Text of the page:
FW: For What It’s Worth

 

 


From: Scott Royall
[mailto:royall@conchbbs.com]
Sent: Friday, July 22, 2005 9:53
PM
To: ‘Dianne’
Subject: RE: For What It’s Worth

 

Dianne,

 

As an intelligent person, I’m
certain that you are quite familiar with the old adage, “can’t see
the forest for the trees.” You spent your working career being a very committed
tree in the educational forest. That is something to be proud of. There’s
also no doubt that others are just as dedicated. After all, there are much
easier ways to earn a living. Unfortunately, dedication alone doesn’t
assure an education system that does the best job for its real customers, the
students. Have you ever been to a doctor who seemed to regard you as more of an
object, a case to be studied, rather than a person? Of course. I think we all
have. From the doctor’s perspective, he has all the training and
experience so how can you have anything germane to say? Well, educators can be
the same way. Just sit back for a second and take an objective look at your own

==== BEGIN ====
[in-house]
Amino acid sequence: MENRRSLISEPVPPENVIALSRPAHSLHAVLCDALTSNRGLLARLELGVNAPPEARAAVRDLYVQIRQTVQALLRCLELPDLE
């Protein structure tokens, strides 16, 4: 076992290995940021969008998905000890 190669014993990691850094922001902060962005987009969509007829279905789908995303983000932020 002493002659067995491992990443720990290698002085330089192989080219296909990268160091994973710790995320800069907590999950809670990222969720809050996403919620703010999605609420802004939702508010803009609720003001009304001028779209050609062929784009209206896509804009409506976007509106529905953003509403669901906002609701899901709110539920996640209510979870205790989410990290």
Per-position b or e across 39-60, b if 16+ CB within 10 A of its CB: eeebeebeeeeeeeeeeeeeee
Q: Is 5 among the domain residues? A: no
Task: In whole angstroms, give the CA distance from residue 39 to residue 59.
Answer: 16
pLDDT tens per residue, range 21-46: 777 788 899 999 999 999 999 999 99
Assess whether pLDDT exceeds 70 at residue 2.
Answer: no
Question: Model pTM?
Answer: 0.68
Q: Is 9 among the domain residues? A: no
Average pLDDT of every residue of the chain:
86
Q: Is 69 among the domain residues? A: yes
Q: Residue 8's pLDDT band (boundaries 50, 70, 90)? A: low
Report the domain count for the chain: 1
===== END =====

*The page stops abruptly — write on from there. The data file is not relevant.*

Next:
response to perceived criticism of the education system. Aren’t you being
somewhat defensive?  Yes, and it’s because, to you as a “tree
in the forest,” there is no separation between those dedicated educators
and the system itself. Please remember that organizations of extremely
dedicated and talented people can still do stupid things. One look at NASA
validates that assertion, right?


Any system, whether it’s education, a spacecraft, a sailing ship, a car,
or even a society, must receive and internalize input—criticism, if you
will—from outside sources if it is to reach its goal. That’s why we
still navigate by the stars—natural or artificial, because there
isn’t another reference that’s anywhere nearly as impartial. The